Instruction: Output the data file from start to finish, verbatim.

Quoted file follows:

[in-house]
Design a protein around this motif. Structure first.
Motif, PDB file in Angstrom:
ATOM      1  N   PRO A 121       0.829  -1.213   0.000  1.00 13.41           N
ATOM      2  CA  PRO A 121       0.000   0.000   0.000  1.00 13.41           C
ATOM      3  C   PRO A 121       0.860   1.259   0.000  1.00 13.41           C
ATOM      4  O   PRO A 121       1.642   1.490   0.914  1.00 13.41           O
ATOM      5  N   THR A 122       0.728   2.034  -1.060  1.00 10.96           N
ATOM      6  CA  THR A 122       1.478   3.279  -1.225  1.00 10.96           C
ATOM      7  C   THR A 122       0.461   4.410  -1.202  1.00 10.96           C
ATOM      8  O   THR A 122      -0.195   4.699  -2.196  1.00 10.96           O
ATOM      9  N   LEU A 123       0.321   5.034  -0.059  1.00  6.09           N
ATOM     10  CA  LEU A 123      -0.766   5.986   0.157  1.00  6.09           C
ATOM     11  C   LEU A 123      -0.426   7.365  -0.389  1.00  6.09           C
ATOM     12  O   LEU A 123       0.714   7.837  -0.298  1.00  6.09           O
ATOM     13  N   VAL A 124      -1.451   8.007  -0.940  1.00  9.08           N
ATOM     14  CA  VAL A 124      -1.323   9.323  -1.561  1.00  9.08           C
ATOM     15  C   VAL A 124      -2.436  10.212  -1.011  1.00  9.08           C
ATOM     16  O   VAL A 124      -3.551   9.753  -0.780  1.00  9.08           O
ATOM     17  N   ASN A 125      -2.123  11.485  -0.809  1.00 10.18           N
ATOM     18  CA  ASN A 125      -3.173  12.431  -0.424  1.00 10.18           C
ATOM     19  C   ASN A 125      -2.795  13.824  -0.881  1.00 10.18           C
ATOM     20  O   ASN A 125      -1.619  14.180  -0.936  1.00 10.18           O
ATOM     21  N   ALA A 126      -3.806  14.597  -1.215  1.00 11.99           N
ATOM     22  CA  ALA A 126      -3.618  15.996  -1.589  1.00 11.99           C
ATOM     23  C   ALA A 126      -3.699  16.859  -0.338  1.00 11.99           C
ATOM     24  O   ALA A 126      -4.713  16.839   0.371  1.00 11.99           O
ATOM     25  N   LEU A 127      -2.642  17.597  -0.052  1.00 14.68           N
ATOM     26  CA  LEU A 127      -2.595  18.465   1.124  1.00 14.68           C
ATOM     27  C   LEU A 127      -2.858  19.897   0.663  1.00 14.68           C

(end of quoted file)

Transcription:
[in-house]
Design a protein around this motif. Structure first.
Motif, PDB file in Angstrom:
ATOM      1  N   PRO A 121       0.829  -1.213   0.000  1.00 13.41           N
ATOM      2  CA  PRO A 121       0.000   0.000   0.000  1.00 13.41           C
ATOM      3  C   PRO A 121       0.860   1.259   0.000  1.00 13.41           C
ATOM      4  O   PRO A 121       1.642   1.490   0.914  1.00 13.41           O
ATOM      5  N   THR A 122       0.728   2.034  -1.060  1.00 10.96           N
ATOM      6  CA  THR A 122       1.478   3.279  -1.225  1.00 10.96           C
ATOM      7  C   THR A 122       0.461   4.410  -1.202  1.00 10.96           C
ATOM      8  O   THR A 122      -0.195   4.699  -2.196  1.00 10.96           O
ATOM      9  N   LEU A 123       0.321   5.034  -0.059  1.00  6.09           N
ATOM     10  CA  LEU A 123      -0.766   5.986   0.157  1.00  6.09           C
ATOM     11  C   LEU A 123      -0.426   7.365  -0.389  1.00  6.09           C
ATOM     12  O   LEU A 123       0.714   7.837  -0.298  1.00  6.09           O
ATOM     13  N   VAL A 124      -1.451   8.007  -0.940  1.00  9.08           N
ATOM     14  CA  VAL A 124      -1.323   9.323  -1.561  1.00  9.08           C
ATOM     15  C   VAL A 124      -2.436  10.212  -1.011  1.00  9.08           C
ATOM     16  O   VAL A 124      -3.551   9.753  -0.780  1.00  9.08           O
ATOM     17  N   ASN A 125      -2.123  11.485  -0.809  1.00 10.18           N
ATOM     18  CA  ASN A 125      -3.173  12.431  -0.424  1.00 10.18           C
ATOM     19  C   ASN A 125      -2.795  13.824  -0.881  1.00 10.18           C
ATOM     20  O   ASN A 125      -1.619  14.180  -0.936  1.00 10.18           O
ATOM     21  N   ALA A 126      -3.806  14.597  -1.215  1.00 11.99           N
ATOM     22  CA  ALA A 126      -3.618  15.996  -1.589  1.00 11.99           C
ATOM     23  C   ALA A 126      -3.699  16.859  -0.338  1.00 11.99           C
ATOM     24  O   ALA A 126      -4.713  16.839   0.371  1.00 11.99           O
ATOM     25  N   LEU A 127      -2.642  17.597  -0.052  1.00 14.68           N
ATOM     26  CA  LEU A 127      -2.595  18.465   1.124  1.00 14.68           C
ATOM     27  C   LEU A 127      -2.858  19.897   0.663  1.00 14.68           C